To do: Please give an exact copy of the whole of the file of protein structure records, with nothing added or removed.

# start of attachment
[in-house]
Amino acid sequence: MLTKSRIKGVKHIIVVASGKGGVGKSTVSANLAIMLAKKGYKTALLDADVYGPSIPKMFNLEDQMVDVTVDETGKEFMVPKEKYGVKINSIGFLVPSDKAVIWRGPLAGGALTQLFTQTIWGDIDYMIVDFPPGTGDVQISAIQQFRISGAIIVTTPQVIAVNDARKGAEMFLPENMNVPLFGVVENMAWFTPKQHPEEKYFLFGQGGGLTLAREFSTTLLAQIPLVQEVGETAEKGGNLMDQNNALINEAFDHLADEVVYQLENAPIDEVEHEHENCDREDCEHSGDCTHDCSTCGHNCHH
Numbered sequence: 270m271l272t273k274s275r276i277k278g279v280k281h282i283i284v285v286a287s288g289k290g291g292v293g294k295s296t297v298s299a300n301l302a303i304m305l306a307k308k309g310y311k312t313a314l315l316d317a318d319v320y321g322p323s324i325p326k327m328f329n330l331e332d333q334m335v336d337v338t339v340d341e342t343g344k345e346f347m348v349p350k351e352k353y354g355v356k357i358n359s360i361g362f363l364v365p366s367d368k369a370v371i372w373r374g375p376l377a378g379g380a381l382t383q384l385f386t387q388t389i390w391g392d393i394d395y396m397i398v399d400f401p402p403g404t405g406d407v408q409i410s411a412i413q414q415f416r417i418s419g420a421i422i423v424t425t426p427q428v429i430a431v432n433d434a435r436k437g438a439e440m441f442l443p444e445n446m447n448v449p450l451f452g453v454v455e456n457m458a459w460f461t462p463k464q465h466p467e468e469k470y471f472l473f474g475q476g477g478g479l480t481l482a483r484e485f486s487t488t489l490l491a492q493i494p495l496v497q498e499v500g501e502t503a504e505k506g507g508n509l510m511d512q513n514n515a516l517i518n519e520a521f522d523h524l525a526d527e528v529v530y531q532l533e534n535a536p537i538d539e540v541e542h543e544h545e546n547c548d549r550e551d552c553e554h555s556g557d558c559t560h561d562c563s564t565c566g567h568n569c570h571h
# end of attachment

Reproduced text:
[in-house]
Amino acid sequence: MLTKSRIKGVKHIIVVASGKGGVGKSTVSANLAIMLAKKGYKTALLDADVYGPSIPKMFNLEDQMVDVTVDETGKEFMVPKEKYGVKINSIGFLVPSDKAVIWRGPLAGGALTQLFTQTIWGDIDYMIVDFPPGTGDVQISAIQQFRISGAIIVTTPQVIAVNDARKGAEMFLPENMNVPLFGVVENMAWFTPKQHPEEKYFLFGQGGGLTLAREFSTTLLAQIPLVQEVGETAEKGGNLMDQNNALINEAFDHLADEVVYQLENAPIDEVEHEHENCDREDCEHSGDCTHDCSTCGHNCHH
Numbered sequence: 270m271l272t273k274s275r276i277k278g279v280k281h282i283i284v285v286a287s288g289k290g291g292v293g294k295s296t297v298s299a300n301l302a303i304m305l306a307k308k309g310y311k312t313a314l315l316d317a318d319v320y321g322p323s324i325p326k327m328f329n330l331e332d333q334m335v336d337v338t339v340d341e342t343g344k345e346f347m348v349p350k351e352k353y354g355v356k357i358n359s360i361g362f363l364v365p366s367d368k369a370v371i372w373r374g375p376l377a378g379g380a381l382t383q384l385f386t387q388t389i390w391g392d393i394d395y396m397i398v399d400f401p402p403g404t405g406d407v408q409i410s411a412i413q414q415f416r417i418s419g420a421i422i423v424t425t426p427q428v429i430a431v432n433d434a435r436k437g438a439e440m441f442l443p444e445n446m447n448v449p450l451f452g453v454v455e456n457m458a459w460f461t462p463k464q465h466p467e468e469k470y471f472l473f474g475q476g477g478g479l480t481l482a483r484e485f486s487t488t489l490l491a492q493i494p495l496v497q498e499v500g501e502t503a504e505k506g507g508n509l510m511d512q513n514n515a516l517i518n519e520a521f522d523h524l525a526d527e528v529v530y531q532l533e534n535a536p537i538d539e540v541e542h543e544h545e546n547c548d549r550e551d552c553e554h555s556g557d558c559t560h561d562c563s564t565c566g567h568n569c570h571h